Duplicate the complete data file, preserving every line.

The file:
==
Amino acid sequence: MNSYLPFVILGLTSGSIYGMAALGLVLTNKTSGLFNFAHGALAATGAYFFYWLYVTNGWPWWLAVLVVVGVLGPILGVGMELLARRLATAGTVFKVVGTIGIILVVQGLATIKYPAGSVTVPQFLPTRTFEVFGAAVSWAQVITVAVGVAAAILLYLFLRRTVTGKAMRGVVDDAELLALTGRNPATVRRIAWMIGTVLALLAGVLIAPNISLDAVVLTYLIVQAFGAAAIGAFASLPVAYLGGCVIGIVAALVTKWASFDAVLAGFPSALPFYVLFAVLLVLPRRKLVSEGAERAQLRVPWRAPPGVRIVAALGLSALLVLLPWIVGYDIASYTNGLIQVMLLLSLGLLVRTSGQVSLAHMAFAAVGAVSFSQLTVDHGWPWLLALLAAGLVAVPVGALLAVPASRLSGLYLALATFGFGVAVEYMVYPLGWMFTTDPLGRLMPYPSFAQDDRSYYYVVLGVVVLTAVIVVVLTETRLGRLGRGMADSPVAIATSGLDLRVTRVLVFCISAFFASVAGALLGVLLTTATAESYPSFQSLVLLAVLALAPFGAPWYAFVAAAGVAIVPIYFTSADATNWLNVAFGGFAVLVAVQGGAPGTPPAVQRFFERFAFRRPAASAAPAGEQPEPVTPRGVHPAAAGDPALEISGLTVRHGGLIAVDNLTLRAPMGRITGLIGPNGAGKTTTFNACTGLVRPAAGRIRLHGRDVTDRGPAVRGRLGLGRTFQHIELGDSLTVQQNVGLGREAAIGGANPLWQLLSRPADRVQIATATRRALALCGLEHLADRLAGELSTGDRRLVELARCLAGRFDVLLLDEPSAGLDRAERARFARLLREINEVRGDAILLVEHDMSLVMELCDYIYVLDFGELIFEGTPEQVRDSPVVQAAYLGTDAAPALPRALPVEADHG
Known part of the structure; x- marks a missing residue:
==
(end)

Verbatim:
Amino acid sequence: MNSYLPFVILGLTSGSIYGMAALGLVLTNKTSGLFNFAHGALAATGAYFFYWLYVTNGWPWWLAVLVVVGVLGPILGVGMELLARRLATAGTVFKVVGTIGIILVVQGLATIKYPAGSVTVPQFLPTRTFEVFGAAVSWAQVITVAVGVAAAILLYLFLRRTVTGKAMRGVVDDAELLALTGRNPATVRRIAWMIGTVLALLAGVLIAPNISLDAVVLTYLIVQAFGAAAIGAFASLPVAYLGGCVIGIVAALVTKWASFDAVLAGFPSALPFYVLFAVLLVLPRRKLVSEGAERAQLRVPWRAPPGVRIVAALGLSALLVLLPWIVGYDIASYTNGLIQVMLLLSLGLLVRTSGQVSLAHMAFAAVGAVSFSQLTVDHGWPWLLALLAAGLVAVPVGALLAVPASRLSGLYLALATFGFGVAVEYMVYPLGWMFTTDPLGRLMPYPSFAQDDRSYYYVVLGVVVLTAVIVVVLTETRLGRLGRGMADSPVAIATSGLDLRVTRVLVFCISAFFASVAGALLGVLLTTATAESYPSFQSLVLLAVLALAPFGAPWYAFVAAAGVAIVPIYFTSADATNWLNVAFGGFAVLVAVQGGAPGTPPAVQRFFERFAFRRPAASAAPAGEQPEPVTPRGVHPAAAGDPALEISGLTVRHGGLIAVDNLTLRAPMGRITGLIGPNGAGKTTTFNACTGLVRPAAGRIRLHGRDVTDRGPAVRGRLGLGRTFQHIELGDSLTVQQNVGLGREAAIGGANPLWQLLSRPADRVQIATATRRALALCGLEHLADRLAGELSTGDRRLVELARCLAGRFDVLLLDEPSAGLDRAERARFARLLREINEVRGDAILLVEHDMSLVMELCDYIYVLDFGELIFEGTPEQVRDSPVVQAAYLGTDAAPALPRALPVEADHG
Known part of the structure; x- marks a missing residue: